Foreclosure documents scandal could threaten big banks, hurt US
homeowner program, report says
The disarray stemming from flawed foreclosure documents could
threaten major banks with billions of dollars in losses, deepen the
disruption in the housing market and hurt the government's effort
to keep people in their homes, according to a new report from a
Revelations that several big mortgage issuers sped through
thousands of home foreclosures without properly checking paperwork
already has raised alarm in Washington. If the irregularities are
widespread, the consequences could be severe, the Congressional
Oversight Panel said in a report issued Tuesday. The full impact is
still is unclear, the report cautions.
Employees or contractors of several major banks have testified in
court cases that they signed, and in some cases backdated,
thousands of certifying documents for home seizures. Financial
firms that service a total $6.4 trillion in mortgages are involved,
according to the new report. Big banks including Bank of America
Corp., JPMorgan Chase & Co. and Ally Financial Inc.'s GMAC
Mortgage have suspended foreclosures at some point because of
Federal and state regulators, including the Federal Reserve and
attorneys general in all 50 states, are investigating whether
mortgage companies cut corners on their own procedures when they
moved to foreclose on people's homes.
"Clear and uncontested property rights are the foundation of the
housing market," the report says. "If these rights fall into
question, that foundation could collapse."
It lays out the possible scenarios: Borrowers may not be able to
ascertain if they're sending their mortgage payments to the right
party. Judges may block all foreclosures. Prospective buyers and
sellers could be in left in limbo.
For major banks, if they discovered that they still owned millions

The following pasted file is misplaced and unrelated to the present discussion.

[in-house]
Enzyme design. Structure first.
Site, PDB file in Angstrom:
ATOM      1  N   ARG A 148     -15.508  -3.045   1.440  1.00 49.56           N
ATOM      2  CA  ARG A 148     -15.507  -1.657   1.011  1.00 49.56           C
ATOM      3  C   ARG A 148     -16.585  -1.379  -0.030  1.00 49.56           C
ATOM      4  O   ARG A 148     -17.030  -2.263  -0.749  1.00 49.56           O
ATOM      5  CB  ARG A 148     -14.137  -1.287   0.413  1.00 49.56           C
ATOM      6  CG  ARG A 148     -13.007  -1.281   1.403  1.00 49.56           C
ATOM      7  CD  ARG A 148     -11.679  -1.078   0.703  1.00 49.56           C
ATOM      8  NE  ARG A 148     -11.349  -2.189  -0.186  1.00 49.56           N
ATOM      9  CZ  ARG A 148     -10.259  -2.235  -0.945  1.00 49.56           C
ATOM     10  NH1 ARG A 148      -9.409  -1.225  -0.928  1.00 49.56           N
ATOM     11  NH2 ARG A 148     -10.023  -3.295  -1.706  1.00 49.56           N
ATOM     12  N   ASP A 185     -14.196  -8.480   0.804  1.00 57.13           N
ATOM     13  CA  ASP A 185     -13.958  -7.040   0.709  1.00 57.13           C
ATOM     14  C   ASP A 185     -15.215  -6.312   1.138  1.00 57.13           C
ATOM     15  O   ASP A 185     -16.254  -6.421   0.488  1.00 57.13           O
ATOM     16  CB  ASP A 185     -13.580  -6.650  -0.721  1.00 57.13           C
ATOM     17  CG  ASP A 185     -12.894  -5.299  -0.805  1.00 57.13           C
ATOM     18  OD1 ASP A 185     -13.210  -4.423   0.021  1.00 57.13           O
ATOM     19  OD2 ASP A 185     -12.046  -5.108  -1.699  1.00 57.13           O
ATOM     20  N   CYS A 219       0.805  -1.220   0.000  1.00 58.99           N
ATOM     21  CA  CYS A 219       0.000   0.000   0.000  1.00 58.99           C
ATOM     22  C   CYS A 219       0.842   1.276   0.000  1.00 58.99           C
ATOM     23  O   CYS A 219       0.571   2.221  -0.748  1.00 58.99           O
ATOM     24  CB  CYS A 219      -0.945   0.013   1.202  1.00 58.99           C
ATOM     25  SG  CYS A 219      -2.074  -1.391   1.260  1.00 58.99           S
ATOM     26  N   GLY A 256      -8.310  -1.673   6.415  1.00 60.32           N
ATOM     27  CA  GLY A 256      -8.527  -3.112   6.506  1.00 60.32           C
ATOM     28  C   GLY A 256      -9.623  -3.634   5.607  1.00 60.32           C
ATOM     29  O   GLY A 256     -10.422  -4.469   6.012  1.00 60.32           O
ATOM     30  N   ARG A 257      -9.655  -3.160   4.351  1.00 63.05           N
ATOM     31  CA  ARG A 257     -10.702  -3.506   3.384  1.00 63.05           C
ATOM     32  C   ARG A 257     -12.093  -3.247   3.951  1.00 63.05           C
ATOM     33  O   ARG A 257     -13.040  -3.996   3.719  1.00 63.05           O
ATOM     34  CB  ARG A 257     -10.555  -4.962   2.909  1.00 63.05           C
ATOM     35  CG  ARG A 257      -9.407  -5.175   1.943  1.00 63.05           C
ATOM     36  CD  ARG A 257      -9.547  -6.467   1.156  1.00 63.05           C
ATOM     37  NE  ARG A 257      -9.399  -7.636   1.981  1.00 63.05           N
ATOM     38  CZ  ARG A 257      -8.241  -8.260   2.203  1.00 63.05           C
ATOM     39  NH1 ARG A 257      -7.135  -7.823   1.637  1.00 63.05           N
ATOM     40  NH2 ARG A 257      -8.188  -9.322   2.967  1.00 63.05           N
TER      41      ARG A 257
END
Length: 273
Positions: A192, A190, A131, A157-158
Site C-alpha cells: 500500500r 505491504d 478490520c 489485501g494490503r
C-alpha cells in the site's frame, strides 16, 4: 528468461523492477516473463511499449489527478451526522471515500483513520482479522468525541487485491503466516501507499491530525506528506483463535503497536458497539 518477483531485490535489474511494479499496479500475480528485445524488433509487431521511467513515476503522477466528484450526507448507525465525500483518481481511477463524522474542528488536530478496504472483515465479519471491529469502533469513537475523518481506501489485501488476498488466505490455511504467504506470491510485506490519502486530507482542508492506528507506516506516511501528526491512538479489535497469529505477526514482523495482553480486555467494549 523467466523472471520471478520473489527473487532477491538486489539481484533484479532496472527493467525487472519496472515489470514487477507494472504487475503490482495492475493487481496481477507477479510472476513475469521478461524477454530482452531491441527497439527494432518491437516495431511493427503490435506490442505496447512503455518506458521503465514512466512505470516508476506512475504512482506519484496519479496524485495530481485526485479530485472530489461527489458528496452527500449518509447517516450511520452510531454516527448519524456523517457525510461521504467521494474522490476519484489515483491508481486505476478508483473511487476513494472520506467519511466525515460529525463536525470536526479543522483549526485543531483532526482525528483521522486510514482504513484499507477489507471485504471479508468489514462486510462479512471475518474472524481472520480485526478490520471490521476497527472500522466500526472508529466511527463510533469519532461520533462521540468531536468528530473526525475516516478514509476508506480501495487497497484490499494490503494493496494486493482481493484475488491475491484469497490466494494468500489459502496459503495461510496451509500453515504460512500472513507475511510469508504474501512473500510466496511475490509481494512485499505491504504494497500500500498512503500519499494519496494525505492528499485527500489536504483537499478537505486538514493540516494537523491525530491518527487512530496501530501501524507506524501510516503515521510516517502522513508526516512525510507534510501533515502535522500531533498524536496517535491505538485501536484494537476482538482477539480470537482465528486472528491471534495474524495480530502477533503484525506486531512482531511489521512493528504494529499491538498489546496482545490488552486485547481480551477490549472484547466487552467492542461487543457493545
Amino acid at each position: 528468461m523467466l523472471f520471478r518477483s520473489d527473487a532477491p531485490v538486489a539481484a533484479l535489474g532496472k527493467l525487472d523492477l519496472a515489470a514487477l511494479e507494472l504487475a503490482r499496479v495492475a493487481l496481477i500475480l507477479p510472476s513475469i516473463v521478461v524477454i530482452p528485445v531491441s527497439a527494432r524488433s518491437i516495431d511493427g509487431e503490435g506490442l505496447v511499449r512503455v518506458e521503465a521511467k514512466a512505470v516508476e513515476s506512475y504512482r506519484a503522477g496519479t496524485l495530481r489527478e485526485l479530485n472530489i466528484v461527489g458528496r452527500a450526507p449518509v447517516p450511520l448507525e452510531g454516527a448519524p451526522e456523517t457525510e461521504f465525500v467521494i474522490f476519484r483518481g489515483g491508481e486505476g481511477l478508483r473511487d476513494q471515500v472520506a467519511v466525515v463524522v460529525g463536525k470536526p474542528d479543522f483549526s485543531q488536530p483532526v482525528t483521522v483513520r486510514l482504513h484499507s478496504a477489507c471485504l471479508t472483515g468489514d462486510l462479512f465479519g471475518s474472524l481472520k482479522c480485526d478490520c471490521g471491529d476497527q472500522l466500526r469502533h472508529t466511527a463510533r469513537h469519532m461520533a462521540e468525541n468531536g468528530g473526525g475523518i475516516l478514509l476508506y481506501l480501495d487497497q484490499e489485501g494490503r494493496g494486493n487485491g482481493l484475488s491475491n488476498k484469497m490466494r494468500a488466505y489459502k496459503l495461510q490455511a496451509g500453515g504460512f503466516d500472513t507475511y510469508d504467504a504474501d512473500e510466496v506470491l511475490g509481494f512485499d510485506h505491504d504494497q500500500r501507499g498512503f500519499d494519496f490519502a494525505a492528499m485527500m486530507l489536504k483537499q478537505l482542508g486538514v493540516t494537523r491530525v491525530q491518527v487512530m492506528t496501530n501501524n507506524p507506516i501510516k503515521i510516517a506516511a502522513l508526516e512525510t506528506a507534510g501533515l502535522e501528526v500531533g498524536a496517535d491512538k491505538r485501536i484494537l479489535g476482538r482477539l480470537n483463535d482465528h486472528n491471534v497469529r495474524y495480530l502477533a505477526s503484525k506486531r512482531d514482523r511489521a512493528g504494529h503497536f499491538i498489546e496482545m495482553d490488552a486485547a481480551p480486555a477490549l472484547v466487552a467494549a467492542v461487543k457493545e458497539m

of bad mortgage loans they assumed had been sold, the losses could
"Serious threats remain that have the potential to damage financial
stability," Sen. Ted Kaufman, D-Del., the watchdog panel's
chairman, said in a conference call with reporters on Monday. "This
is an incredibly complex problem. . It could turn out to be
nothing. It could turn out to be a big deal."
The Treasury Department's foreclosure prevention program could be
crimped if mortgage companies taking part in it find their legal
right to begin foreclosure proceedings is challenged, affecting
their ability to modify home loans. Treasury should actively
monitor the effect of the so-called "robo-signing" controversy on
the program, the report urges.
Despite the problems, the Obama administration has maintained there
is no need to halt foreclosures in all 50 states.
Treasury officials say a review has been undertaken of the
procedures for certifying documents for foreclosures of the 10
biggest mortgage companies participating in the program.
"We strongly believe that the reported behavior within the mortgage
servicer industry is simply unacceptable, and (companies that) have
failed to follow the law must be held accountable," Treasury
spokesman Mark Paustenbach said in a statement. Treasury, various
regulators, the Justice Department and the Department of Housing
and Urban Development are investigating, "and we will continue to
monitor the situation closely," Paustenbach said.
Phyllis Caldwell, who heads the department's homeownership
preservation office, last month told a hearing by the oversight
panel that so far no evidence has emerged of risk to the financial
system from the documents scandal -- or from efforts by mortgage
investors to force banks to buy back problem loans because of
alleged misrepresentations of their risk.
That brought protests from some members of the panel, such as Damon
Silvers, policy director for the AFL-CIO labor federation, who told
Caldwell: "It is not a plausible position that there is no systemic
risk here." The report says the position appears "premature."
"Treasury should explain why it sees no danger" and regulators
should subject Wall Street banks to new stress tests to gauge their
ability to deal with a potential crisis, the report states.
In legal moves by mortgage investors against banks, one action
alone could seek to force Bank of America to buy back and take
partial losses on as much as $47 billion in soured loans, the
The oversight panel was created by Congress to oversee the
Treasury's $700 billion rescue program that came in at the peak of
the financial crisis in the fall of 2008. Of the total, $75 billion
was earmarked for mortgage assistance programs.